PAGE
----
calcSpectrum(v,outP,tab,&err) v - relative velocity in natural units (e.g. 0.001 in our galaxy ~300km/s) outP - particle for which the spectrum is calculated (0,1,2,3,4,5 e.g. gamma,e+,p-,nu_e,nu_mu,nu_tau) tab - array of doubles which contains 250 elements, essentially defined as double tab[250]; err - pointer to an int which will be 0 if everything was ok The function itself returns the relative cross section <sigma v>

The spectrum you can then use for what ever reasons you need. The most likely use is to propagate it with GalProp and for that you first need to save the spectrum to a file, which can be done using the following function:

spectrTable(tab,fname,mess,Xmin,N) tab - the array with the spectrum from calcSpectrum function fname - filename, where to write mess - string that describes the spectrum Xmin - minimal energy to consider in the units of E/M_LOP N - number of points (<300)

If you want to use the spectrum directly during code execution, then you can use `zInterp(x,tab)`

function where x=log(E/M) that you want and tab is the spectrum. The result is dN/dx where N is the number of particles.

Although MicroMegas supports also cross section calculations they aren't trivial. More comprehensive information is availabel in MicroMegas documentation as referenced above. The one situation that I was interested in is calculation of the relative cross sections of the final annihilation channels based on the current model parameters inside the program. One can do that based on an example given in the sample MSSM code. I'll give an altered example with descriptions below:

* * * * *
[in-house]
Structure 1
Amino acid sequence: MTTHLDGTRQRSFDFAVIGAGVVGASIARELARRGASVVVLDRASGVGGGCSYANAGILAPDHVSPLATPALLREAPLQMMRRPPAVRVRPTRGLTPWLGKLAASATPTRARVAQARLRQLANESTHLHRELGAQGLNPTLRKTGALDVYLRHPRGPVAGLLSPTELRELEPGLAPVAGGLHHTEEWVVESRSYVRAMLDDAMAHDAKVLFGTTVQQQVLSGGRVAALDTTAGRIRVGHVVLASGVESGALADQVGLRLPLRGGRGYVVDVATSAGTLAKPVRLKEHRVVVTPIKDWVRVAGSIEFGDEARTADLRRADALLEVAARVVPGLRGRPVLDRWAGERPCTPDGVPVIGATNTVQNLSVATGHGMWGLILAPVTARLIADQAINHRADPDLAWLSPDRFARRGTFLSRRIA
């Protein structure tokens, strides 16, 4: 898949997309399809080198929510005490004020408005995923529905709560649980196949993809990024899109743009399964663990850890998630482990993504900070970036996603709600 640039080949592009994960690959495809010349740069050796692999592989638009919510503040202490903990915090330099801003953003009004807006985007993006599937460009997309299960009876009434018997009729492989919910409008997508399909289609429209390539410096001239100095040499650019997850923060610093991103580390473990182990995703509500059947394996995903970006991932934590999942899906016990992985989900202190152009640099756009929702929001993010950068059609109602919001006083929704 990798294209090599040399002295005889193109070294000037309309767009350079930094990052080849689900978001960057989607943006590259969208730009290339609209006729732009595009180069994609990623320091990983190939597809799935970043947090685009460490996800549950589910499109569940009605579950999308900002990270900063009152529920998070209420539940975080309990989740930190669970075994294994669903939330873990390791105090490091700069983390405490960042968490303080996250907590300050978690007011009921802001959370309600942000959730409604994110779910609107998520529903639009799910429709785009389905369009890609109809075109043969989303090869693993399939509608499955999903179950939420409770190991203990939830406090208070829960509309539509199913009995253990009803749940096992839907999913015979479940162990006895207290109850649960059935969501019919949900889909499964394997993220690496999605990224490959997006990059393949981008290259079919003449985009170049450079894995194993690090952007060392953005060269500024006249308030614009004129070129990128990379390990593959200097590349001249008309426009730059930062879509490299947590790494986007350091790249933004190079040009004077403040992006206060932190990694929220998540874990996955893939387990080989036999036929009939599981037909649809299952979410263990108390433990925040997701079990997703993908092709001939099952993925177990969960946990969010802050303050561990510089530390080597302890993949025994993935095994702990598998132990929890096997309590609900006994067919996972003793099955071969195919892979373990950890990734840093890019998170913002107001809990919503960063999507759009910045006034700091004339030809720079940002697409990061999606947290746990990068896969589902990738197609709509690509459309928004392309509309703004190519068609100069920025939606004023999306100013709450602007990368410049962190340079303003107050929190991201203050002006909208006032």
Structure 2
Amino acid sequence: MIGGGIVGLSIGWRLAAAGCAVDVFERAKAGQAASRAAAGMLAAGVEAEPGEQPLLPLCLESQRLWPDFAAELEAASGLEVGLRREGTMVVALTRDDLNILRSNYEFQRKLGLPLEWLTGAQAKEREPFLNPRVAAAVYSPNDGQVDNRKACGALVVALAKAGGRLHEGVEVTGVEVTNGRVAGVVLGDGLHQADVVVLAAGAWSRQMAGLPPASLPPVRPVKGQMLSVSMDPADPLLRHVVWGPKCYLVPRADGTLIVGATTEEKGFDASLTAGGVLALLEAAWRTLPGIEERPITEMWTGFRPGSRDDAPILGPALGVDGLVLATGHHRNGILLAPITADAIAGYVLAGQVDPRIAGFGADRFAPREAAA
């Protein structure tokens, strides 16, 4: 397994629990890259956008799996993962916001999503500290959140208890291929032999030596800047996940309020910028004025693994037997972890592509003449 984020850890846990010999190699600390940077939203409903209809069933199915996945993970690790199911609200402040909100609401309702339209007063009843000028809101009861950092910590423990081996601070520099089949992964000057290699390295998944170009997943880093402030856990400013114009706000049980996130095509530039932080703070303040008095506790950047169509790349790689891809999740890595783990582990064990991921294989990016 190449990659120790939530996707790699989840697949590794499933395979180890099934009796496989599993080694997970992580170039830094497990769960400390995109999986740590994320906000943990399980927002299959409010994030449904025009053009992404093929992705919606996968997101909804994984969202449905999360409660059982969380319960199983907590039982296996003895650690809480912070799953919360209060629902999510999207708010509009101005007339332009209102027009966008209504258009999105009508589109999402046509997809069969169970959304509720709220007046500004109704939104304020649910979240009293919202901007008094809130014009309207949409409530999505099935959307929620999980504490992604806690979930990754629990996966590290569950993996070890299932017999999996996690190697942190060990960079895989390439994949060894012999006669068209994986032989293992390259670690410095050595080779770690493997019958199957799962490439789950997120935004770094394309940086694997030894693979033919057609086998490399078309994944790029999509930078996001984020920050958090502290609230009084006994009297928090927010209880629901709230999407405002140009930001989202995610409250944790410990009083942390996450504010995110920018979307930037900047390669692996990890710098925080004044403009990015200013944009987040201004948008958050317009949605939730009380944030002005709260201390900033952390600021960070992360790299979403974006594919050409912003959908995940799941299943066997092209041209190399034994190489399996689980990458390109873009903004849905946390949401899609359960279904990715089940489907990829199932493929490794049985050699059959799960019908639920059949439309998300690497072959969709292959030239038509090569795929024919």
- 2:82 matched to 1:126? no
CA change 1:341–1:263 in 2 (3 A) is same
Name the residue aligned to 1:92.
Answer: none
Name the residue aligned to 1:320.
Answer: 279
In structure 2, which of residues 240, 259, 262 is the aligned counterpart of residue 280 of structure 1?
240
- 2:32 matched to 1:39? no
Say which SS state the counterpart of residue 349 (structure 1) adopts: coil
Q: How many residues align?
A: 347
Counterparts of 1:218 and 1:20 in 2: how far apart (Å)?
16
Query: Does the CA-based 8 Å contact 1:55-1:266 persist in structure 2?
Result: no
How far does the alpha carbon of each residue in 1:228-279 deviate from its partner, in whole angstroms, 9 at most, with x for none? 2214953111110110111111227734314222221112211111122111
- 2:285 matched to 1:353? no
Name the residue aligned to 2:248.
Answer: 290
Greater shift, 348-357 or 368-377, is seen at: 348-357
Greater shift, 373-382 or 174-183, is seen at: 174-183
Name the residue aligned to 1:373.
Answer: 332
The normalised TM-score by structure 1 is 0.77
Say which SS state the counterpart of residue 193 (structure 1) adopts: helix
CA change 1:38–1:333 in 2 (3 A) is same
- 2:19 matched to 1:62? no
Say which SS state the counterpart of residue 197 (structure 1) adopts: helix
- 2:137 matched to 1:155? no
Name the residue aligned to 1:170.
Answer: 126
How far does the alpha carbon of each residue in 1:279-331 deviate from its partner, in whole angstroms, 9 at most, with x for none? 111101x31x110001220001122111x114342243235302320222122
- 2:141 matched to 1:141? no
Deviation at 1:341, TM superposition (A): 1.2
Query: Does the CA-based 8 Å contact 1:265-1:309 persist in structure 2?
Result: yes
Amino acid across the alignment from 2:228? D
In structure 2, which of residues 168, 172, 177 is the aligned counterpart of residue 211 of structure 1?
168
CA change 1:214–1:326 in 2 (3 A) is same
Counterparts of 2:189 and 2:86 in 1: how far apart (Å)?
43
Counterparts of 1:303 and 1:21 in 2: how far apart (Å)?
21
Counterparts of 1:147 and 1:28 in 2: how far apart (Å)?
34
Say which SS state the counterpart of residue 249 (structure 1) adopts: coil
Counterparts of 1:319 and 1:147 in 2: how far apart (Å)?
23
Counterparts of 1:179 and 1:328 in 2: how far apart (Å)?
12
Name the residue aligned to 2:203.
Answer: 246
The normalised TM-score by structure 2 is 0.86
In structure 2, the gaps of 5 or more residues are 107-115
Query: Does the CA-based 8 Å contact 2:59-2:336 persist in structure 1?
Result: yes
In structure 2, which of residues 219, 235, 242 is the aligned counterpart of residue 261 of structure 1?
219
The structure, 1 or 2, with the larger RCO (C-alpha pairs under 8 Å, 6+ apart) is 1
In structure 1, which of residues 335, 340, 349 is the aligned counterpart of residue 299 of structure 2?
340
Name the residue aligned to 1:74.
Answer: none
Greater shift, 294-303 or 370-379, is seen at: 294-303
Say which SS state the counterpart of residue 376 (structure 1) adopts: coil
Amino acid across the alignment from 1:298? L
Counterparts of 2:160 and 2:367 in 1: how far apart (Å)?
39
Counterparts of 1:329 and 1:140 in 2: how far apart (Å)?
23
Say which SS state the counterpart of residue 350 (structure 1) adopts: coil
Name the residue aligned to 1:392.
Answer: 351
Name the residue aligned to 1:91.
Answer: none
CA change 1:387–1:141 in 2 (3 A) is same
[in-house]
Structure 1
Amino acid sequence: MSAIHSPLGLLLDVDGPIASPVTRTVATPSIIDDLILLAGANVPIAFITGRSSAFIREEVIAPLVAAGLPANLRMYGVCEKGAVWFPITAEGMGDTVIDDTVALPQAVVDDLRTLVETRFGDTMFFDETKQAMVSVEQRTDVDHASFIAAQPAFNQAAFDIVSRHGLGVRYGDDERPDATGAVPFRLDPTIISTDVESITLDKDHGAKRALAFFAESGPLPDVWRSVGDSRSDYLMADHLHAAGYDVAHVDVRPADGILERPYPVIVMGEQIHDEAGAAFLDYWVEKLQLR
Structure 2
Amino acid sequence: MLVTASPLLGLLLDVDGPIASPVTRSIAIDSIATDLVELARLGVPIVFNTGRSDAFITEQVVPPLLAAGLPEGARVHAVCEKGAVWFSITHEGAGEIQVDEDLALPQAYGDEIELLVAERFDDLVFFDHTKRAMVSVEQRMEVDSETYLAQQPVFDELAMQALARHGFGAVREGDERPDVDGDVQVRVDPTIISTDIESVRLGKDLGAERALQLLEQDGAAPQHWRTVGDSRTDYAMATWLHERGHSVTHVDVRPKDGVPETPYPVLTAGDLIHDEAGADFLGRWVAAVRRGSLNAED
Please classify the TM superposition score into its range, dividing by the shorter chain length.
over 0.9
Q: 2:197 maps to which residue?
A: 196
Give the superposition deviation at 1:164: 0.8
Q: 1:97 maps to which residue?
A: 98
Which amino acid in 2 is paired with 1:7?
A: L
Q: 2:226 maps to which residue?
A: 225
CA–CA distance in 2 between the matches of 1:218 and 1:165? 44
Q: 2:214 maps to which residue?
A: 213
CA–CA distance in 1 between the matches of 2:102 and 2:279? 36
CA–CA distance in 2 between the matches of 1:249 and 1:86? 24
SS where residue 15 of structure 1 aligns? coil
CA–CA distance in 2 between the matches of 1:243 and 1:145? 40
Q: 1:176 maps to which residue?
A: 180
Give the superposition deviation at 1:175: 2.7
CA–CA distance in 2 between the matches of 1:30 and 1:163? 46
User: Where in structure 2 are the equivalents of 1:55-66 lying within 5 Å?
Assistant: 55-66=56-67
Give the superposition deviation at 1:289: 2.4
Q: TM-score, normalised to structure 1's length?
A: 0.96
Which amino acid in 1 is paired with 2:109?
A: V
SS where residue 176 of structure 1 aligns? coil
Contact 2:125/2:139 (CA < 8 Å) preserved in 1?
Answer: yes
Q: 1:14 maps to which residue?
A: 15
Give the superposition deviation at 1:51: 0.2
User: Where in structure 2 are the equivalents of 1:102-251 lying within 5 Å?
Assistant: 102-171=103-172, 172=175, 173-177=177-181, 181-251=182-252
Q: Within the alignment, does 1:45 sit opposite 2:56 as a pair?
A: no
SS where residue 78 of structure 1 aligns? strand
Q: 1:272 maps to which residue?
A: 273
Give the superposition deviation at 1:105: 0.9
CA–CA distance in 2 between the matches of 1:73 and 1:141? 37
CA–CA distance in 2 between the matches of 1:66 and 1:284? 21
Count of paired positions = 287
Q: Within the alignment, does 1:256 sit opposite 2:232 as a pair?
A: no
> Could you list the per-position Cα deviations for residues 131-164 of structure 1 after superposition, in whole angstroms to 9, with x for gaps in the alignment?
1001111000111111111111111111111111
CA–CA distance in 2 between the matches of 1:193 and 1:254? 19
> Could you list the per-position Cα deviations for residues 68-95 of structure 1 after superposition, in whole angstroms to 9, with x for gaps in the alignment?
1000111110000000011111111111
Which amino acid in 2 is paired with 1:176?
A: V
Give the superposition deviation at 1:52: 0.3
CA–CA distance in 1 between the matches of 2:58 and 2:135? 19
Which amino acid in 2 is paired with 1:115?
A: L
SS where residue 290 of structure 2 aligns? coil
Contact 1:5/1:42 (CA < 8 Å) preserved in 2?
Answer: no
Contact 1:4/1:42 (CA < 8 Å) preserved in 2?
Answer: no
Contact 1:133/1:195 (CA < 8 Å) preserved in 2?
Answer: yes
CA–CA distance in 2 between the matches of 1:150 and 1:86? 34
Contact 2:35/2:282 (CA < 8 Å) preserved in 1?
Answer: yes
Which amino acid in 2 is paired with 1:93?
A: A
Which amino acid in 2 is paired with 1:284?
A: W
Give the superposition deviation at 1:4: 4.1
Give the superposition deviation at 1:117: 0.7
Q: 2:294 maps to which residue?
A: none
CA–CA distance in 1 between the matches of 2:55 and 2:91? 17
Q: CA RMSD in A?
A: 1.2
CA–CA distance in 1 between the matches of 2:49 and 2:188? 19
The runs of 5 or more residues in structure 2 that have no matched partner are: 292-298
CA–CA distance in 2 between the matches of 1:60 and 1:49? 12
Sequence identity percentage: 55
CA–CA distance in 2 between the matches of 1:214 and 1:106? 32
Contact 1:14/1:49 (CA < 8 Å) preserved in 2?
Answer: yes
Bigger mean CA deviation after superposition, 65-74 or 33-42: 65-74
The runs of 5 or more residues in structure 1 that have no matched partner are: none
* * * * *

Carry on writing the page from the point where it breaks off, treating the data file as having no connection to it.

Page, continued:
numout* cc; // variable pointing to the compiled library double Pcm; // Center of mass energy cc=newProcess("","omg__t_si__t_si"); // Start using the pre-compiled library, you have to look // up the name in work/so_generated/ folder e.g. work/so_generated/omg__t_si__t_si.so if(cc) // If the library is available { int ntot,l; char * name[4]; double mass[4]; procInfo1(cc,&ntot,NULL,NULL); // ntot is filled with number of sub-processes available for(l=1;l<=ntot; l++) // iterate over all subprocesses { int err; double cs; procInfo2(cc,l,name,mass); // Fills an array of particle names and masses for that particular sub-process if(l==1) { Pcm=mass[0]*v/2; printf("(Pcm=%.2E)\n",Pcm);} // Just some printout for the first sub-process. The particle in slot 0 is always the LOP printf("%3s,%3s -> %3s %3s ",name[0],name[1],name[2],name[3]); // Print the actual process cs= cs22(cc,l,Pcm,-1.,1.,&err); // Calculate the cross section using the library in cc, subprocess l, c.m.s energy Pcm. // -1 .. 1 in cos(theta) phase space e.g. all if(err) printf("Error\n"); // If there is an error just say so else if(cs==0.) printf("Zero\n"); // If the cross setion comes out zero print Zero else printf("%.2E [pb] ( sigma*v=%.2E [cm^3/sec] ) \n",cs, cs*v*2.9979E-26); // Print out the cross section in natural units as well as units of cm^3/s } }

an example output of that code snippet:

(Pcm=1.81E-01) ~Si,~Si -> H H 2.85E+02 [pb] ( sigma*v=1.71E-26 [cm^3/sec] ) ~Si,~Si -> w W 2.57E+01 [pb] ( sigma*v=1.54E-27 [cm^3/sec] ) ~Si,~Si -> Z Z 2.11E+01 [pb] ( sigma*v=1.26E-27 [cm^3/sec] ) ~Si,~Si -> b B 7.62E-01 [pb] ( sigma*v=4.57E-29 [cm^3/sec] ) ~Si,~Si -> t T 1.87E+01 [pb] ( sigma*v=1.12E-27 [cm^3/sec] ) ~Si,~Si -> c C 6.96E-02 [pb] ( sigma*v=4.17E-30 [cm^3/sec] ) ~Si,~Si -> ta TA 3.63E-02 [pb] ( sigma*v=2.18E-30 [cm^3/sec] )

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Page last modified on January 27, 2009, at 08:35 AM